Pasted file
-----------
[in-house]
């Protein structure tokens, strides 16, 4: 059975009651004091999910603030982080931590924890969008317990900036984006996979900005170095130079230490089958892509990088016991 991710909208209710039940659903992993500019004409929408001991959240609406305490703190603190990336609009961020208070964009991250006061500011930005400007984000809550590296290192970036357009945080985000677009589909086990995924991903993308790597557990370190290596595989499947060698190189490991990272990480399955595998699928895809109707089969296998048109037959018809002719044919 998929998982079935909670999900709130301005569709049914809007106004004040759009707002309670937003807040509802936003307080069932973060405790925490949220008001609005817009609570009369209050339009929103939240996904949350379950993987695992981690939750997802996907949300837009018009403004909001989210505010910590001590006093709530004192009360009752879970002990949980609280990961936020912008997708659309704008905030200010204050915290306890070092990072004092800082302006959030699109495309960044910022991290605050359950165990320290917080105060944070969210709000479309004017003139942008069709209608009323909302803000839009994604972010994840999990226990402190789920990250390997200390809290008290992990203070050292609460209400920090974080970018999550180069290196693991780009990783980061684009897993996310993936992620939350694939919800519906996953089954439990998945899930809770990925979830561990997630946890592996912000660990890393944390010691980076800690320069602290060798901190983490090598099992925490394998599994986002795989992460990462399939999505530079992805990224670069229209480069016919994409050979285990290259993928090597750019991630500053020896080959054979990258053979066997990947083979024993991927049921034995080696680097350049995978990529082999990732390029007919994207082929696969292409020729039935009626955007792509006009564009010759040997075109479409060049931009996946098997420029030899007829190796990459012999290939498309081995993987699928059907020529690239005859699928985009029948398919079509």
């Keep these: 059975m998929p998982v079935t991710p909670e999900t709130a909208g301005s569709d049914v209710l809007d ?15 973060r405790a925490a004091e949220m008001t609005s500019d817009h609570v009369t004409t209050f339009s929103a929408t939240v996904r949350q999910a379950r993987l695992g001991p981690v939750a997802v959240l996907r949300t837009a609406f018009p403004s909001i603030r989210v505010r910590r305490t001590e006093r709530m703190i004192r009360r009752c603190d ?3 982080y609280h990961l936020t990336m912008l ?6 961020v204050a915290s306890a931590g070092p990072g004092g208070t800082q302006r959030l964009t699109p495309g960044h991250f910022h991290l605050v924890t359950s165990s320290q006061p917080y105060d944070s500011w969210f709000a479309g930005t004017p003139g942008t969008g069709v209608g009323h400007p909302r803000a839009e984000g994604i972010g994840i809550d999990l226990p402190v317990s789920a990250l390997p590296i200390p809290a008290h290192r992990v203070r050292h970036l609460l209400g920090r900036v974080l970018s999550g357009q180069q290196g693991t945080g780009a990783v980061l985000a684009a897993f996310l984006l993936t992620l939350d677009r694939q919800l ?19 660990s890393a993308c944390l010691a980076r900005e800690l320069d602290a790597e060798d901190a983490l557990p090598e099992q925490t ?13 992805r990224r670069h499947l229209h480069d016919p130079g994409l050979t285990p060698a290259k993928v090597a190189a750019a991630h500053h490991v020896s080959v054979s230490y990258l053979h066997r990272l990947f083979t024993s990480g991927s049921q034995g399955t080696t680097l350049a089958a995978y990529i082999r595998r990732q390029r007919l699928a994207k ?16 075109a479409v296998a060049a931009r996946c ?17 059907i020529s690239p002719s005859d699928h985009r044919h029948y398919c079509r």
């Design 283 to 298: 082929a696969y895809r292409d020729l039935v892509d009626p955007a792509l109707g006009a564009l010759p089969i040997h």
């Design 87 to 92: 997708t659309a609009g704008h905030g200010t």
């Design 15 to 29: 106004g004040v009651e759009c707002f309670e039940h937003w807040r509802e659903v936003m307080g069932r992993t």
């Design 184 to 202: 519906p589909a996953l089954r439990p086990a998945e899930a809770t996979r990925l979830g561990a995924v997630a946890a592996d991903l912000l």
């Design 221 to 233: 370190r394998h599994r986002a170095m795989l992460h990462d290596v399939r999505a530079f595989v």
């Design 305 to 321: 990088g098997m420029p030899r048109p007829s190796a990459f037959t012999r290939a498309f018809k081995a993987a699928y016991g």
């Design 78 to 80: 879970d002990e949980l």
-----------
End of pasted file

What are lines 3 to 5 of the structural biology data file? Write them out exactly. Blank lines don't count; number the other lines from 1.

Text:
């Keep these: 059975m998929p998982v079935t991710p909670e999900t709130a909208g301005s569709d049914v209710l809007d ?15 973060r405790a925490a004091e949220m008001t609005s500019d817009h609570v009369t004409t209050f339009s929103a929408t939240v996904r949350q999910a379950r993987l695992g001991p981690v939750a997802v959240l996907r949300t837009a609406f018009p403004s909001i603030r989210v505010r910590r305490t001590e006093r709530m703190i004192r009360r009752c603190d ?3 982080y609280h990961l936020t990336m912008l ?6 961020v204050a915290s306890a931590g070092p990072g004092g208070t800082q302006r959030l964009t699109p495309g960044h991250f910022h991290l605050v924890t359950s165990s320290q006061p917080y105060d944070s500011w969210f709000a479309g930005t004017p003139g942008t969008g069709v209608g009323h400007p909302r803000a839009e984000g994604i972010g994840i809550d999990l226990p402190v317990s789920a990250l390997p590296i200390p809290a008290h290192r992990v203070r050292h970036l609460l209400g920090r900036v974080l970018s999550g357009q180069q290196g693991t945080g780009a990783v980061l985000a684009a897993f996310l984006l993936t992620l939350d677009r694939q919800l ?19 660990s890393a993308c944390l010691a980076r900005e800690l320069d602290a790597e060798d901190a983490l557990p090598e099992q925490t ?13 992805r990224r670069h499947l229209h480069d016919p130079g994409l050979t285990p060698a290259k993928v090597a190189a750019a991630h500053h490991v020896s080959v054979s230490y990258l053979h066997r990272l990947f083979t024993s990480g991927s049921q034995g399955t080696t680097l350049a089958a995978y990529i082999r595998r990732q390029r007919l699928a994207k ?16 075109a479409v296998a060049a931009r996946c ?17 059907i020529s690239p002719s005859d699928h985009r044919h029948y398919c079509r």
């Design 283 to 298: 082929a696969y895809r292409d020729l039935v892509d009626p955007a792509l109707g006009a564009l010759p089969i040997h």
């Design 87 to 92: 997708t659309a609009g704008h905030g200010t």